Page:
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Group: Toys
Breed Family: Pug

This dog is closely associated with the monarch, in this case William I of Orange (the Silent). The very early history of the Pug is a matter of conjecture. Although it is thought the breed originated in the Far East, it is not known how it first came to Europe, where it was recorded in Holland in the sixteenth century. Some historians say it may have been introduced to Holland by the Portuguese, soon after they opened sea trading routes with China around 1550. Another theory is it was brought to Holland by members of the Dutch East India Trading Company. Still other canine historians have written that Pugs came to Holland via "Muscovy," by which they probably meant Russia.

However it came to Holland, the Pug became more or less the official dog of the House of Orange after one of the breed saved the life of William I of Orange in 1572 at the battle of Hermigny, when it gave alarm at the approach of the Spaniards.

William III of Orange, great grandson of William the Silent, and his wife, Mary, also adored the breed, and numerous Pugs accompanied them when they crossed the English Channel in 1688 to ascend the throne of England. Indeed, it was the general custom to attach orange-colored ribbons to Pug's collars to denote their connection with the House of Orange. As a result of its popularity, the Pug found its way to other parts of the continent, vying with King Charles Spaniels and Maltese as court favorites and as prized pets of the wealthy and the elite.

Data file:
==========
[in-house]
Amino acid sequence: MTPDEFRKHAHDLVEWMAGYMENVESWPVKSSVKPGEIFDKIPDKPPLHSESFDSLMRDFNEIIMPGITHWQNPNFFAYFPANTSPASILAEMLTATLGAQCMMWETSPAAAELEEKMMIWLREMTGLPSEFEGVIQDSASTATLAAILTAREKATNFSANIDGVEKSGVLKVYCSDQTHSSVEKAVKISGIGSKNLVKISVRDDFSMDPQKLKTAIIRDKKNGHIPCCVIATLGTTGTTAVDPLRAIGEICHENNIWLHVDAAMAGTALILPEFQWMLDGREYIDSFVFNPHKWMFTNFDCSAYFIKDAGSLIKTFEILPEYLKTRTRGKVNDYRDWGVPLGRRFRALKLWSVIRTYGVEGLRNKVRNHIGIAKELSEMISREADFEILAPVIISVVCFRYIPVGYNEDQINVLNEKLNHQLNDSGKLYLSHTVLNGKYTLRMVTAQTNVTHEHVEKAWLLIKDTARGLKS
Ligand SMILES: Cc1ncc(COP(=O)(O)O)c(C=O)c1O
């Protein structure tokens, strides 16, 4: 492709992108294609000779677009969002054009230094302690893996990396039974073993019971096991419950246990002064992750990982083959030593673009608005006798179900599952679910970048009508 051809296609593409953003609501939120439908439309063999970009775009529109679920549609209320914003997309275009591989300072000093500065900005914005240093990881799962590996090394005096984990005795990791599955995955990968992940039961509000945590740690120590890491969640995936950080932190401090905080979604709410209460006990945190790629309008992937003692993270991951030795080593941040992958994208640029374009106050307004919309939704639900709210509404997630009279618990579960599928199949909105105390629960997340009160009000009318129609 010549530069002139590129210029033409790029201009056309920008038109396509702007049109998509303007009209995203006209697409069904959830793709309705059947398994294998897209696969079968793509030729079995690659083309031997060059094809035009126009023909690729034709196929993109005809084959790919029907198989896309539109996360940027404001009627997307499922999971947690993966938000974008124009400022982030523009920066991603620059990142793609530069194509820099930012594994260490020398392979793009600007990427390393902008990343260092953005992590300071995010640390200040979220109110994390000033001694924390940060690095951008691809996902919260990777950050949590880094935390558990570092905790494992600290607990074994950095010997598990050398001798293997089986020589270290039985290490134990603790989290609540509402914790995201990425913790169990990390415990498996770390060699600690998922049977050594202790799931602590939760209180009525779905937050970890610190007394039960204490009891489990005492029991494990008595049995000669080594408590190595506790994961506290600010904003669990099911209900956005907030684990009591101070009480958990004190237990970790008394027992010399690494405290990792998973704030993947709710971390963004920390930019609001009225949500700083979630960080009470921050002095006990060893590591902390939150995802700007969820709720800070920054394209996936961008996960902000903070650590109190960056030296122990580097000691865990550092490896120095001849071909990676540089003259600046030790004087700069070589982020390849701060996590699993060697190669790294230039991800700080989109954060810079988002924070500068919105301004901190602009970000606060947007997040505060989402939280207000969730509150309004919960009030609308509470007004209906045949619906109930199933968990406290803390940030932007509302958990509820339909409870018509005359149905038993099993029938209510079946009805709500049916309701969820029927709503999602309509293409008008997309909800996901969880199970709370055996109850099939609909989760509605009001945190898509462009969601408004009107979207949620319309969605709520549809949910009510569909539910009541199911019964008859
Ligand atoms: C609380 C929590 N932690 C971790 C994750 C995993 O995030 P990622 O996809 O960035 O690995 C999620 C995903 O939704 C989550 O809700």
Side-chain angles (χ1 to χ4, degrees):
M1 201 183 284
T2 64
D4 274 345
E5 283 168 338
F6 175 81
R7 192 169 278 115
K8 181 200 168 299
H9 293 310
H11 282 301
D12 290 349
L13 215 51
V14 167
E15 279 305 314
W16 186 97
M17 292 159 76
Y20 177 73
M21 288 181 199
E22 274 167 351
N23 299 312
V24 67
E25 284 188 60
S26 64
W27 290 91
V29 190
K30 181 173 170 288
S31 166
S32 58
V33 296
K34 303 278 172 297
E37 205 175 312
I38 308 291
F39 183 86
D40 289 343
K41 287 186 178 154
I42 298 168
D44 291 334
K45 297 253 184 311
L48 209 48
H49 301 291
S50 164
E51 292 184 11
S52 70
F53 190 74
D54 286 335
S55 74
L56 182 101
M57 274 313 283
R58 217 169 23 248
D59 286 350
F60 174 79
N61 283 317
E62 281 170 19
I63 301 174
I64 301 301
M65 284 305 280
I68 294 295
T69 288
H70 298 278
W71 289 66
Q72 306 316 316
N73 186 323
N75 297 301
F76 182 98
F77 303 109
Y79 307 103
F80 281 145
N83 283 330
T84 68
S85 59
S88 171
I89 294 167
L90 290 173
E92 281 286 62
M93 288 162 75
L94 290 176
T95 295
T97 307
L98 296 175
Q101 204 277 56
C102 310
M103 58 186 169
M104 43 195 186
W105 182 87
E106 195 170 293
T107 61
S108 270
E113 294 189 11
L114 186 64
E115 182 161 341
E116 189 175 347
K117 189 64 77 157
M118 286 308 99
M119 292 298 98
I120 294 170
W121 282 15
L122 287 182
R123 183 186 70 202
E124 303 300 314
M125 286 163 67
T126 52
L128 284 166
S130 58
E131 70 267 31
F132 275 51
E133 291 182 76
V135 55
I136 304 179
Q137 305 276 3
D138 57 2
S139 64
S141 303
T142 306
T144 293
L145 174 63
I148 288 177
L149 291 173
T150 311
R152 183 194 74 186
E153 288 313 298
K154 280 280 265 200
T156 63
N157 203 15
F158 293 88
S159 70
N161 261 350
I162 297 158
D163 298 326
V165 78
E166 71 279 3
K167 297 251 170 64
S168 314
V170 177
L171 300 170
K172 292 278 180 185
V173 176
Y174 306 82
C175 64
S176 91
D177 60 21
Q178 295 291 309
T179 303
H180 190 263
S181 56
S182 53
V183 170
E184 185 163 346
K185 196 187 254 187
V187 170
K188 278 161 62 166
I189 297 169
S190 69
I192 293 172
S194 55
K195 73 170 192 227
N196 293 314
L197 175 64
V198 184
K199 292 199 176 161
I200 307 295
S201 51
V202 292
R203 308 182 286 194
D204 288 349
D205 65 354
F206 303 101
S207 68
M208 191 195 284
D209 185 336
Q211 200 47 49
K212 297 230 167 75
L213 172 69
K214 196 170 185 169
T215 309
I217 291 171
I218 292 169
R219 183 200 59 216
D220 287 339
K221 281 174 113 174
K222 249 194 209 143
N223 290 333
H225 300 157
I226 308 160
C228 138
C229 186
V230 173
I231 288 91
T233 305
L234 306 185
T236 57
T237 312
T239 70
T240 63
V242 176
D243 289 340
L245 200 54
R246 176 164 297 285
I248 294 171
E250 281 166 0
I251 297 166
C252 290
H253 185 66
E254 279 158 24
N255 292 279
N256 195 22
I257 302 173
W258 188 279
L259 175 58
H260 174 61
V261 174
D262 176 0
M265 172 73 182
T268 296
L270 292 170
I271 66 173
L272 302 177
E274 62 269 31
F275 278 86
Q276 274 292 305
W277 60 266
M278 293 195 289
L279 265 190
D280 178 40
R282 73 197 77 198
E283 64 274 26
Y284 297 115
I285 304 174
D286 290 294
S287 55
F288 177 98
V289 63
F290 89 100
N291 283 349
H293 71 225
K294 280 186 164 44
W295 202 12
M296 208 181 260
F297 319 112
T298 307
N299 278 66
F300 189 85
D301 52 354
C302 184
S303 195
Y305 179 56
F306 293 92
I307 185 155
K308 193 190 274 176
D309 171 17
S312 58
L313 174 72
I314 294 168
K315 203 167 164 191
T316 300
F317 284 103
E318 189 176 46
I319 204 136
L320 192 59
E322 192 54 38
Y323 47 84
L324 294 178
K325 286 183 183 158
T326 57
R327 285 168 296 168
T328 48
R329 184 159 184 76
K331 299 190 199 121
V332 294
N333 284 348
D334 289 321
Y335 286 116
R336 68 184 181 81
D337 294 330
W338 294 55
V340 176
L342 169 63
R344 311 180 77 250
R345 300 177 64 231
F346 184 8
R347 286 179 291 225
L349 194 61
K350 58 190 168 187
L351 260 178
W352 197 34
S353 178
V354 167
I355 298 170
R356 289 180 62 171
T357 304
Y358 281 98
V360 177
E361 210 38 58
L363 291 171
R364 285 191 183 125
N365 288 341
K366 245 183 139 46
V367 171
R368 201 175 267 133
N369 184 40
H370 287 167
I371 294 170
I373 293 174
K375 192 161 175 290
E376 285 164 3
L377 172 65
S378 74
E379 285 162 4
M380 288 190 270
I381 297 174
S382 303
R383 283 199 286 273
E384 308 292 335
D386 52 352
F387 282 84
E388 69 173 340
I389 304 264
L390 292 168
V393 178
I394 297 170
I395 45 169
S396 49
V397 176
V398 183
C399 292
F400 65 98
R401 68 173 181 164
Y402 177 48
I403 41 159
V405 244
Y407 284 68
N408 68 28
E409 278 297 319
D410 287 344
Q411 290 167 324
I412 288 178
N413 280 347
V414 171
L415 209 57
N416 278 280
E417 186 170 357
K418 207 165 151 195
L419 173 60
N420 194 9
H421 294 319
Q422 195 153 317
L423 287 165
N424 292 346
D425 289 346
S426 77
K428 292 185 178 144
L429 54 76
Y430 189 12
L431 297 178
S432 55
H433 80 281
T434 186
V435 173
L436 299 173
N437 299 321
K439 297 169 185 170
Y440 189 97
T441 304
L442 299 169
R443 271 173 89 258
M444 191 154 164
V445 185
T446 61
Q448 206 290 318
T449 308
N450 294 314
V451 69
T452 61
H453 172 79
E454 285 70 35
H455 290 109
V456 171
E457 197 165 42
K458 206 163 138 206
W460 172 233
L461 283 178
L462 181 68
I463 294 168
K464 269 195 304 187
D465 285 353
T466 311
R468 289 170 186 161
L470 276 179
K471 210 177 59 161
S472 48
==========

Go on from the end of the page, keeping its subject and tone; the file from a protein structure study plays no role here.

When the Pug first appeared in Holland, it was called the Dutch Mastiff or Dwarf Mastiff because its body contour and wrinkled head resembled the Mastiff. Indeed, Sydenham Edwards, writing at the beginning of the nineteenth century, noted that the small "Dutch Mastiff or Pug-dog was much in fashion." In the early part of the eighteenth century it was commonly called the Dutch Pug. Its name, wrote ‘Stonehenge’ (the pseudonym of the nineteenth century canine writer John Henry Walsh), is derived from a Greek word that comes from the Latin pugnus, or fist, "because the shadow of a clenched fist was considered to resemble the dog's profile."

The Pug’s great popularity continued until the middle of the nineteenth century when other new small breeds appeared on the scene and the Pug gradually declined in both popularity and numbers. The breed fell on such hard times that many authorities of the day considered them to be nearly extinct. In 1872 a writer lamented that "it would be hard to find more than half a dozen specimens equal to what existed a hundred years ago."

Gradually, however, Pugs began to regain their prestige. In 1885 attention was focused on the breed at the Pug Dog Show held at the Aquarium in London and the following report appeared in the Stock Keeper of June 19:"There is no mistake about Pugs being first favourites with the fair sex. The gallery was full of ladies" Several of the winning Pugs wore costly necklaces, and Lion, a first-prize winner, sported a necklace of turquoise.

Black Pugs were first shown at the Maidstone show in 1886. Rawdon Lee tells us in his classic Modern Dogs that Queen Victoria owned a black Pug and that a photograph of the dog could be seen in one of the Royal albums devoted to dogs.


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